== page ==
Political Scandals

Government watchdog: White House press secretary violated Hatch Act

Jean-Pierre was found in violation of the law when she repeatedly referenced "mega MAGA Republican officials" days before the 2022 midterm elections.

Government watchdog: White House press secretary violated Hatch Act
White House press secretary Karine Jean-Pierre.
Susan Walsh / AP
SMS

A government watchdog says White House press secretary Karine Jean-Pierre has violated a federal law that intends to prevent federal employees from using their position of power to attempt to influence elections.

According to the Office of Special Counsel (OSC), Jean-Pierre violated the Hatch Act last November when she made derogatory comments about Republicans during a White House press briefing days before the 2022 midterms.

"Unfortunately, we have seen mega MAGA Republican officials who don't believe in the rule of law," Jean-Pierre said on Nov. 2. "They refuse to accept the results of free and fair elections and they fan the flames of political violence through what they praise and what they refuse to condemn."

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The conservative watchdog group Protect the Public's Trust filed a formal complaint with the OSC alleging that her comments were "an inappropriate attempt to influence the vote." Following an investigation, the agency determined that Jean-Pierre had made references to generate opposition to Republican candidates. 

"Because Ms. Jean-Pierre made the statements while acting in her officials capacity, she violated the Hatch Act prohibition against using her official authority or influence for the purpose of interfering with or affecting the result of an election," the agency wrote in a letter last week, obtained by the Washington Post.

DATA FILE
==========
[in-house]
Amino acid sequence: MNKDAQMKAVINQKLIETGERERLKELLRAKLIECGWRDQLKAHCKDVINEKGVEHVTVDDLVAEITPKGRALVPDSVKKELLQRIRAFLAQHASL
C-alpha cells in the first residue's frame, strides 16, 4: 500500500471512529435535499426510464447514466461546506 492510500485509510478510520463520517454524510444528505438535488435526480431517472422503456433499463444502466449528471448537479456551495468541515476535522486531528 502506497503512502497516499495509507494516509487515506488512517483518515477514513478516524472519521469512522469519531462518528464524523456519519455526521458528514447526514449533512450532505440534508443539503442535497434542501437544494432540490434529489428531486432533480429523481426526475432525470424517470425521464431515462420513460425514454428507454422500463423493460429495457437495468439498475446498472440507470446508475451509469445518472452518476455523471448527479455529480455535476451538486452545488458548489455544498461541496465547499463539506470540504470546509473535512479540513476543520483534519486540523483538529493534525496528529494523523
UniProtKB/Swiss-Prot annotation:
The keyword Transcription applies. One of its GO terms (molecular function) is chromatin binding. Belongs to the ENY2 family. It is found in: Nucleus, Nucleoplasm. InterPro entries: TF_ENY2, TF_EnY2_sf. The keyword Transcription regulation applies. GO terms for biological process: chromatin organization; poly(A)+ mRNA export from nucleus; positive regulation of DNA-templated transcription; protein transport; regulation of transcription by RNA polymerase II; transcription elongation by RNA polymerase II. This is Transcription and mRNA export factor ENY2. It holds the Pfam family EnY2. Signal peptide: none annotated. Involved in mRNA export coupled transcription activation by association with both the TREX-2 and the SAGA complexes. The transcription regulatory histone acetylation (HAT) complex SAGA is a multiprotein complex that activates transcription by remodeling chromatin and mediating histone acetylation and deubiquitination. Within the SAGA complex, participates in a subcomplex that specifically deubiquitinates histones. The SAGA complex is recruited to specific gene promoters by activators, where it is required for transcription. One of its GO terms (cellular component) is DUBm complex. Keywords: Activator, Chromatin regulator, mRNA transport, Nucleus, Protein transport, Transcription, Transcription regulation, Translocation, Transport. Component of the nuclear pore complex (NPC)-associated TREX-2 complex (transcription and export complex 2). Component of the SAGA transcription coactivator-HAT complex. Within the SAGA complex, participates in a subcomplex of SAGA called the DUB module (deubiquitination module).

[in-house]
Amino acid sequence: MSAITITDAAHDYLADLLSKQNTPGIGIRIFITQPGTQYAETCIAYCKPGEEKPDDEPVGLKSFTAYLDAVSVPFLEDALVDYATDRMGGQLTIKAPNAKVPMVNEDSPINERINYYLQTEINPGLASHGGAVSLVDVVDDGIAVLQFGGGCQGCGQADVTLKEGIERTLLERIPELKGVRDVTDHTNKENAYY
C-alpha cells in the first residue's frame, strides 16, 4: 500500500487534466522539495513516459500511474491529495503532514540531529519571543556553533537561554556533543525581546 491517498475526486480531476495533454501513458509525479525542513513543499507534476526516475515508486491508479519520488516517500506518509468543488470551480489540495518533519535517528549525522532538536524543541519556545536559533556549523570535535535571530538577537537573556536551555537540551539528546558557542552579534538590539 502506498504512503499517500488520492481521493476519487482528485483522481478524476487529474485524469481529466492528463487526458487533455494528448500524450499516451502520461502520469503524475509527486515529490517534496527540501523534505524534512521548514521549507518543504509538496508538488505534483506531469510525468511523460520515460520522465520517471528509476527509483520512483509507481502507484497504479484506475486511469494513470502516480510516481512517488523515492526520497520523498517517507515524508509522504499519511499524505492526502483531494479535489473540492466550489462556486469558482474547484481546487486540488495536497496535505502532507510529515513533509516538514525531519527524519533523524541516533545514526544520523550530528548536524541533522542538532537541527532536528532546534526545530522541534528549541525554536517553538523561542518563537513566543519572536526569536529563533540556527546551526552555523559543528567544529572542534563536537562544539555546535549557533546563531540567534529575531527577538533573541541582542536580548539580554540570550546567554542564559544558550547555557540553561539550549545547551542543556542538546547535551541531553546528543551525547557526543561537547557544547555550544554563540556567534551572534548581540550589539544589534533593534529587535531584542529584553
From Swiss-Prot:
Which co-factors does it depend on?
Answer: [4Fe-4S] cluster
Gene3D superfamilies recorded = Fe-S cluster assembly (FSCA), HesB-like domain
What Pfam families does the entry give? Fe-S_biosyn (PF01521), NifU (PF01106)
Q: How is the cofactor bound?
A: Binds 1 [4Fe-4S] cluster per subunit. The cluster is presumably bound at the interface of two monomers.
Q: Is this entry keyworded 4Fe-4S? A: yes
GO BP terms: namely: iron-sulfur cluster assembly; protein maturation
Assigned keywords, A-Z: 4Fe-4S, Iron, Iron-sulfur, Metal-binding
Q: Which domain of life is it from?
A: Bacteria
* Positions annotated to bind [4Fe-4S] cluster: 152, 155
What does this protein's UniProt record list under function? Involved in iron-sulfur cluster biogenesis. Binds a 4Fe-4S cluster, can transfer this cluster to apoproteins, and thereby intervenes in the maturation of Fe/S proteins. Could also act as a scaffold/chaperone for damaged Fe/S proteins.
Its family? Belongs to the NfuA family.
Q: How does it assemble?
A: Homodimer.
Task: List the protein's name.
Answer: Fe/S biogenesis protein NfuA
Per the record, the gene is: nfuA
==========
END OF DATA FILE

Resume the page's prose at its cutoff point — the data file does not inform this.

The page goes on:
The OSC said it has issued a warning letter to Jean-Pierre but said the agency will not seek further reprimand or discipline. 

"We have advised Ms. Jean-Pierre that should she again engage in prohibited political activity, OSC would consider it a knowing and willful violation of the law that could result in OSC pursuing disciplinary action." 

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Michael Chamberlain, who is director of Protect the Public's Trust, said Jean-Pierre's violation of the Hatch Act is "yet another example" of why public trust in its institutions is on a "downward spiral."

"Officials are supposed to exercise their authority for the benefit of all Americans, not act as an arm of a political party," Chamberlain said in a statement. "Unfortunately, Ms. Jean-Pierre was likely following the lead of her boss, President Biden, who, despite repeated promises to return the country to normalcy and lower the political temperature, has often employed deeply polarizing messages and demeaning slogans targeted at his opponents."

Jean-Pierre has routinely used the Hatch Act as a reason to avoid reporter questions about certain subjects, specifically President Joe Biden's reelection campaign.  

Former White House Chief of Staff Ron Klain was also found to have violated the Hatch Act last year after he shared a political message on his official government Twitter account urging users to purchase Democratic merchandise. At the time, Jean-Pierre said "we are not perfect, but our violations have been few."